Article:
As we approach the 20th anniversary of September 11, TSA would like to rekindle that national unity and remind the next generation about why we serve. We asked TSA employees to submit a personal essay on how 9/11 impacted them, and how that has translated to their service to country and commitment to the TSA mission. You can view all essay submissions by visiting the TSA 9/11 iShare site from a TSA computer.
For many of us it was like yesterday. A nightmare with no ending. The images that cannot be unseen. Images that replay in our minds when the month of September and the day 11 come along; we remember 9/11. It was my senior year in high school and just like any other day, my mom was at work and my stepfather was finishing up his shift in Boston as a mechanic for United Airlines. I was in class at 8:46 a.m. when the news broke about a plane hitting the New York City World Trade Center; quickly the television in every classroom was blaring so loudly. Suddenly, on live news we all gasped at the image that was being broadcasted. An eerie echo throughout the school was heard as we watched United Airlines Flight 175 strike the south tower of the World Trade Center at 9:03 a.m. It was at that moment I felt the eyes of my classmates upon me. I was wearing my United Airlines sweatshirt and there was utter silence. My friends knew and everyone knew, I was a child of that airline family community. As a senior in high school I was not ready to witness the horror fueled by hate that our country was under attack. The skies were silent and everyone was on alert in fear something else was going to happen. Airwaves were busy with people trying to make calls. The roads were empty and not a single child was outside playing.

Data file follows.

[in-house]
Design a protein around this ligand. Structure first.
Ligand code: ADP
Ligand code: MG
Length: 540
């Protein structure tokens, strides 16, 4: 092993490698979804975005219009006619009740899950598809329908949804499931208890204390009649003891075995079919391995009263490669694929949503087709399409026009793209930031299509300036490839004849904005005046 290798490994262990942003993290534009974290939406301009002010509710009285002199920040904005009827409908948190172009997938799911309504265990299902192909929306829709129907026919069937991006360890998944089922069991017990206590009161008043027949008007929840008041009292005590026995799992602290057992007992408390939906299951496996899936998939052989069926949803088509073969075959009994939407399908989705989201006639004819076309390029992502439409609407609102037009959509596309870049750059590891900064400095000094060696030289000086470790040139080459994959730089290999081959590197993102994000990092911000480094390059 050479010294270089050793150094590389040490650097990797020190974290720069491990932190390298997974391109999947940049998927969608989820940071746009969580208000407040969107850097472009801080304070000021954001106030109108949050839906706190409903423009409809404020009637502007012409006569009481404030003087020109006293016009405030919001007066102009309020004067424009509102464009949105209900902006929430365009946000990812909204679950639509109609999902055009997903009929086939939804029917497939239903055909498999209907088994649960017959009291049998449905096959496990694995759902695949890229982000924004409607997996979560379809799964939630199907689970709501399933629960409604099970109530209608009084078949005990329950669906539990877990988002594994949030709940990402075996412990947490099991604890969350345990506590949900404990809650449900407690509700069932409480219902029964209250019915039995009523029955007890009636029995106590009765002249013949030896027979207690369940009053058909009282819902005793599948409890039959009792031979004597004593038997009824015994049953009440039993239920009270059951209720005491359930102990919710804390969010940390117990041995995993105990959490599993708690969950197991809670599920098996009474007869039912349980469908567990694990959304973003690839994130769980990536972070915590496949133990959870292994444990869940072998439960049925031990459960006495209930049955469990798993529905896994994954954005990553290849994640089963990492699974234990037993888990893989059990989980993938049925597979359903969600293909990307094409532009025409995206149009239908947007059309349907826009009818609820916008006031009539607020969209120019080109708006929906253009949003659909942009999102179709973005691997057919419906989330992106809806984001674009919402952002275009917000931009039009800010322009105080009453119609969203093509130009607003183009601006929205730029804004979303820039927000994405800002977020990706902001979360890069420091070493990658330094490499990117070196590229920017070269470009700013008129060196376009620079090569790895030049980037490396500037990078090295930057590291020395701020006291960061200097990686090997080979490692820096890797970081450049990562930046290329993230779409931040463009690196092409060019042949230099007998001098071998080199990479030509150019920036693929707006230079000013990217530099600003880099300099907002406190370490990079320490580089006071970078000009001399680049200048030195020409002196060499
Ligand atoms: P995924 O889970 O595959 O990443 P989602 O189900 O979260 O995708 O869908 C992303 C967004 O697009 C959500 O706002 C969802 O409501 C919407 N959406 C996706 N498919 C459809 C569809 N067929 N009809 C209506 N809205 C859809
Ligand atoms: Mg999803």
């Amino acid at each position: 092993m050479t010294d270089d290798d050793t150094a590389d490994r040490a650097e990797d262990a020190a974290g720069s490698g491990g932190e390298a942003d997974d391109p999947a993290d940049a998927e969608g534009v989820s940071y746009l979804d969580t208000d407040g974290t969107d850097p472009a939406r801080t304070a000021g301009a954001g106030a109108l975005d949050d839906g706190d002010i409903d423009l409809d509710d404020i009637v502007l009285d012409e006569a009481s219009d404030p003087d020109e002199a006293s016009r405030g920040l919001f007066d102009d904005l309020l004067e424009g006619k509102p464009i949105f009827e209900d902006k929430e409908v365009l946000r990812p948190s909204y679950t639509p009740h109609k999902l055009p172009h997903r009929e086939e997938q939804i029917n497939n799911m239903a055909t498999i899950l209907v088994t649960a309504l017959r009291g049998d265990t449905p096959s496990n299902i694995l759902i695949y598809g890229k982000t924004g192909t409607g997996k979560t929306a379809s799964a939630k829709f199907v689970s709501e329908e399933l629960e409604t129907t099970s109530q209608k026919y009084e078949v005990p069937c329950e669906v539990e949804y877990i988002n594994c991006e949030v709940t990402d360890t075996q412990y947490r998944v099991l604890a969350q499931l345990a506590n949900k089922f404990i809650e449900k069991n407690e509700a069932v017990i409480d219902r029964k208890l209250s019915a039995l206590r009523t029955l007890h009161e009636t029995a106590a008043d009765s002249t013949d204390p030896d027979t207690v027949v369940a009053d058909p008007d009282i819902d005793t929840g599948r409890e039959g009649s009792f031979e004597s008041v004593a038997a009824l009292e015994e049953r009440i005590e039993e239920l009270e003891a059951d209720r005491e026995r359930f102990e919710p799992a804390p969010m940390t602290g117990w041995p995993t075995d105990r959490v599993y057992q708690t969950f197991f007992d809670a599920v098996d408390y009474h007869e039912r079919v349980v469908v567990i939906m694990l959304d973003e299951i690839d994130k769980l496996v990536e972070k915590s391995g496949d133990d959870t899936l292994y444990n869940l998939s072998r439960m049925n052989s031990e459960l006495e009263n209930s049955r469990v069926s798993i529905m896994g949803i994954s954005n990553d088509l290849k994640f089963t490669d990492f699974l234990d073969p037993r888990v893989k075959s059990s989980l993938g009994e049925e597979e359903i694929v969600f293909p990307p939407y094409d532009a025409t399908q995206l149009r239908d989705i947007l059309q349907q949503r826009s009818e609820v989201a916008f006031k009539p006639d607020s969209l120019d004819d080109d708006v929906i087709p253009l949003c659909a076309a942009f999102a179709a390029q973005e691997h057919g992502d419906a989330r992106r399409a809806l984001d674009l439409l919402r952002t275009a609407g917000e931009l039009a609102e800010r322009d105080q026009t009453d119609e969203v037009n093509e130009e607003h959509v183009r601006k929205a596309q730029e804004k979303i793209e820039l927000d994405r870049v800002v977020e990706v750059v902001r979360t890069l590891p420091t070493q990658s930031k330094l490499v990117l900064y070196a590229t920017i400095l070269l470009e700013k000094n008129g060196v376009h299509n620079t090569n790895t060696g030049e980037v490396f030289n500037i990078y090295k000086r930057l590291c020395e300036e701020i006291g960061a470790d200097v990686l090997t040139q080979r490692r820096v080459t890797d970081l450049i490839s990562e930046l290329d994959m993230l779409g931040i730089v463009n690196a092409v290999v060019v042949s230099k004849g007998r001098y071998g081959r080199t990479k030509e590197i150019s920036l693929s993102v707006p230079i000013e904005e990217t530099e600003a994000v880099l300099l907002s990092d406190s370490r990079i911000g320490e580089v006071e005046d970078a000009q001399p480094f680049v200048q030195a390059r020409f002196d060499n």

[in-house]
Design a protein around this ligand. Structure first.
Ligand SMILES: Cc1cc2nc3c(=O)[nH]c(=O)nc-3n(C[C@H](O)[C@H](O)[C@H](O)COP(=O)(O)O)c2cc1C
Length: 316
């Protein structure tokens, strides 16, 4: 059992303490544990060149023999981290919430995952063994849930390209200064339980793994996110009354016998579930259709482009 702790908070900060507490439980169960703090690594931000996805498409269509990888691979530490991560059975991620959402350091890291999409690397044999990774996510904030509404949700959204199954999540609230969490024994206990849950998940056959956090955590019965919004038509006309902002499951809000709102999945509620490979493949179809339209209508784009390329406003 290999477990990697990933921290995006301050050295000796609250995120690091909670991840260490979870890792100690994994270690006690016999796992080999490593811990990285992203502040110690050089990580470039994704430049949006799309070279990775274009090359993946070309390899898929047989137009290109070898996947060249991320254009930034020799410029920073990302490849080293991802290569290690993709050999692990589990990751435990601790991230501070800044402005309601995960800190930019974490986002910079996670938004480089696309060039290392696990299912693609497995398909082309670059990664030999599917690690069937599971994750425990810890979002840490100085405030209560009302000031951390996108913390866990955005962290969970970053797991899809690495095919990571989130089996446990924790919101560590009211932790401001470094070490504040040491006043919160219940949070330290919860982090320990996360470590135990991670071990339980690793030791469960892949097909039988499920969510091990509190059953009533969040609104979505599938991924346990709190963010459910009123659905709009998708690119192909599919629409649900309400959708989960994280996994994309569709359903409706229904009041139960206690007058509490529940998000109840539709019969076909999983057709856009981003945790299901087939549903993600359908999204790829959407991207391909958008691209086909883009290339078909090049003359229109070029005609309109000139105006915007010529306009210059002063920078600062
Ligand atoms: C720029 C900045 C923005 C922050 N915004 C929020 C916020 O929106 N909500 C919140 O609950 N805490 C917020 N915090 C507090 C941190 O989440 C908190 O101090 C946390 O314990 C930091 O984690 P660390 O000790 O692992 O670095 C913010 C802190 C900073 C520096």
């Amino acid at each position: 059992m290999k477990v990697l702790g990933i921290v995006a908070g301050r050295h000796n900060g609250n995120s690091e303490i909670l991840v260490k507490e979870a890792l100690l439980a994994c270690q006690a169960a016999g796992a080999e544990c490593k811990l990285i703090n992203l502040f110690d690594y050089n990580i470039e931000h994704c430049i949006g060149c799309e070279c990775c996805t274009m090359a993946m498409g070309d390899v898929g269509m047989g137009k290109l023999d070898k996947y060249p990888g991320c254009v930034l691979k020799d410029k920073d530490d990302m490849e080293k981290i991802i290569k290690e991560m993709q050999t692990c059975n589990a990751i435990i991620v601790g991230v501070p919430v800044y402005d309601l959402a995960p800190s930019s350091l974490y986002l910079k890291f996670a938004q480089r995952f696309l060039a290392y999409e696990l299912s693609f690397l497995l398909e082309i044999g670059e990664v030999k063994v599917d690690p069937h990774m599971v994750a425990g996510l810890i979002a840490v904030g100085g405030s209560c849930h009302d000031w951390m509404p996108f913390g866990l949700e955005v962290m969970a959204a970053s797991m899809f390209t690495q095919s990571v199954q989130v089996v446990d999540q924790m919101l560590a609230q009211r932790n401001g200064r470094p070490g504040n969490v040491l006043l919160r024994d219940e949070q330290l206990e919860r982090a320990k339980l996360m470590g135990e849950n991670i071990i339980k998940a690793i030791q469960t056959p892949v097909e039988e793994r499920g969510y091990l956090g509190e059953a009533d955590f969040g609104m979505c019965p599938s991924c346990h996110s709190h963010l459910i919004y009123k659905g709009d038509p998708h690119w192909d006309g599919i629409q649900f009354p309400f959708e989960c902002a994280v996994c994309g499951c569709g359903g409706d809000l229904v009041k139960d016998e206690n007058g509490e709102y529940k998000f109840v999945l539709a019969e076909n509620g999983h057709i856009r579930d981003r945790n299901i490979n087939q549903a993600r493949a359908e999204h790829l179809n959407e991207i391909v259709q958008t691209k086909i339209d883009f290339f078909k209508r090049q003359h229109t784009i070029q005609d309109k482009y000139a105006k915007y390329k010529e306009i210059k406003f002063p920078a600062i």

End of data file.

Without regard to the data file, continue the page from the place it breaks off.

The days turned into weeks, weeks into months, months into years. And now we are coming up on the 20th anniversary of 9/11/2001 and together in memory this will be a national day of unity. The attacks resulted in the creation of the Transportation Security Administration (TSA) on November 19, 2001. The Aviation and Transportation Security Act passed by the 107th Congress signed and established TSA. I remember thousands of people applying for TSA not because it was a job but because people were being resilient and it became a way to defend, protect, and prevent another terrorist attack from ever happening again on America’s soil. Since working for TSA, I’ve worked side by side with some outstanding officers who will never forget 9/11 and why we are here. TSA isn’t just an agency; it’s a brother and sisterhood bond that each and every one of us hold dear to our hearts. We are here for the mission and for those who lost their lives.
The saying “United We Stand” sticks with me every day as I put on my uniform and talk with other officers. We are reminded why we are here; we are here for the mission. Each officer has the utmost integrity. We stand tall with respect and have a commitment to ensure that we uphold why TSA was created, and to remember those who perished on 9/11. I remember, and we will never forget, we are serving our great nation. We all took an oath, and we are here to follow through with the mission. I stand by TSA’s mission to “protect the nation’s transportation system to ensure freedom of movement for people and commerce” and with our core values of integrity, respect, and commitment. I am united. We are all united and we will never be divided by acts of terrorism in our homeland. I wear my uniform in honor of the 9/11 victims and continue the commitment of TSA’s mission in serving my country.
TSO Justine Waldron